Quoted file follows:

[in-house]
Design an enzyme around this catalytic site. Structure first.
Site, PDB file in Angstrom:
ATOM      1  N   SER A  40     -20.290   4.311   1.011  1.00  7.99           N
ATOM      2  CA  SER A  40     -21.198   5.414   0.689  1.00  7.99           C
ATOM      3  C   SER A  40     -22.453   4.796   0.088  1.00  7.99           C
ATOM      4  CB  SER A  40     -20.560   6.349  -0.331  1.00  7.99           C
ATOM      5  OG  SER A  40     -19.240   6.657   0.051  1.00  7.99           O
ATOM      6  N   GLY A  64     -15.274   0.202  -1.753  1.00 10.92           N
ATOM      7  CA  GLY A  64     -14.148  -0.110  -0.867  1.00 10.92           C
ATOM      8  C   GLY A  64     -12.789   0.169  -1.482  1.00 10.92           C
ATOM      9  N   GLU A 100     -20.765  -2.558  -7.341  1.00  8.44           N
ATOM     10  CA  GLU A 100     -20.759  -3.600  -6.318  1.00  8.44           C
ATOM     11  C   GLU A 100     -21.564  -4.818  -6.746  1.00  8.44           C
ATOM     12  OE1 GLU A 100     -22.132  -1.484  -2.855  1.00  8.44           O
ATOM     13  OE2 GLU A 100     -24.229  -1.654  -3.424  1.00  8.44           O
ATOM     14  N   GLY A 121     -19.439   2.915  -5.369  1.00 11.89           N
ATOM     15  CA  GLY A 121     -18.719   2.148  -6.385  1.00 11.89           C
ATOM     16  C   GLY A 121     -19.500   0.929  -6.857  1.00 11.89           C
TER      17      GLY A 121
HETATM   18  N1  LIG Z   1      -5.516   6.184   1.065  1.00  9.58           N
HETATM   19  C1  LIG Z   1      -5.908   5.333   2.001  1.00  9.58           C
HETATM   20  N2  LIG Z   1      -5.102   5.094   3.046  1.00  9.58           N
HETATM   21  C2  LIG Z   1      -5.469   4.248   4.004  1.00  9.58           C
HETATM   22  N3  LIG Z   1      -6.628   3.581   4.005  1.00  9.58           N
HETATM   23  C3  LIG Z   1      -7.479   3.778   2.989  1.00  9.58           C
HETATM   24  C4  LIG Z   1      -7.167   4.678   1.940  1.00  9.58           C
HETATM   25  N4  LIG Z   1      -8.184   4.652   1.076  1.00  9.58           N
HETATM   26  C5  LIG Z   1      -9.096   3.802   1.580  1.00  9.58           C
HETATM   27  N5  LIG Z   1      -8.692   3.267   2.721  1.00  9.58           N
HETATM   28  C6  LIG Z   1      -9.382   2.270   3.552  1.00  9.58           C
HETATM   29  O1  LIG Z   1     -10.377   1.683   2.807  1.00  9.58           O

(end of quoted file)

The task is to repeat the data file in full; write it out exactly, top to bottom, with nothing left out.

[in-house]
Design an enzyme around this catalytic site. Structure first.
Site, PDB file in Angstrom:
ATOM      1  N   SER A  40     -20.290   4.311   1.011  1.00  7.99           N
ATOM      2  CA  SER A  40     -21.198   5.414   0.689  1.00  7.99           C
ATOM      3  C   SER A  40     -22.453   4.796   0.088  1.00  7.99           C
ATOM      4  CB  SER A  40     -20.560   6.349  -0.331  1.00  7.99           C
ATOM      5  OG  SER A  40     -19.240   6.657   0.051  1.00  7.99           O
ATOM      6  N   GLY A  64     -15.274   0.202  -1.753  1.00 10.92           N
ATOM      7  CA  GLY A  64     -14.148  -0.110  -0.867  1.00 10.92           C
ATOM      8  C   GLY A  64     -12.789   0.169  -1.482  1.00 10.92           C
ATOM      9  N   GLU A 100     -20.765  -2.558  -7.341  1.00  8.44           N
ATOM     10  CA  GLU A 100     -20.759  -3.600  -6.318  1.00  8.44           C
ATOM     11  C   GLU A 100     -21.564  -4.818  -6.746  1.00  8.44           C
ATOM     12  OE1 GLU A 100     -22.132  -1.484  -2.855  1.00  8.44           O
ATOM     13  OE2 GLU A 100     -24.229  -1.654  -3.424  1.00  8.44           O
ATOM     14  N   GLY A 121     -19.439   2.915  -5.369  1.00 11.89           N
ATOM     15  CA  GLY A 121     -18.719   2.148  -6.385  1.00 11.89           C
ATOM     16  C   GLY A 121     -19.500   0.929  -6.857  1.00 11.89           C
TER      17      GLY A 121
HETATM   18  N1  LIG Z   1      -5.516   6.184   1.065  1.00  9.58           N
HETATM   19  C1  LIG Z   1      -5.908   5.333   2.001  1.00  9.58           C
HETATM   20  N2  LIG Z   1      -5.102   5.094   3.046  1.00  9.58           N
HETATM   21  C2  LIG Z   1      -5.469   4.248   4.004  1.00  9.58           C
HETATM   22  N3  LIG Z   1      -6.628   3.581   4.005  1.00  9.58           N
HETATM   23  C3  LIG Z   1      -7.479   3.778   2.989  1.00  9.58           C
HETATM   24  C4  LIG Z   1      -7.167   4.678   1.940  1.00  9.58           C
HETATM   25  N4  LIG Z   1      -8.184   4.652   1.076  1.00  9.58           N
HETATM   26  C5  LIG Z   1      -9.096   3.802   1.580  1.00  9.58           C
HETATM   27  N5  LIG Z   1      -8.692   3.267   2.721  1.00  9.58           N
HETATM   28  C6  LIG Z   1      -9.382   2.270   3.552  1.00  9.58           C
HETATM   29  O1  LIG Z   1     -10.377   1.683   2.807  1.00  9.58           O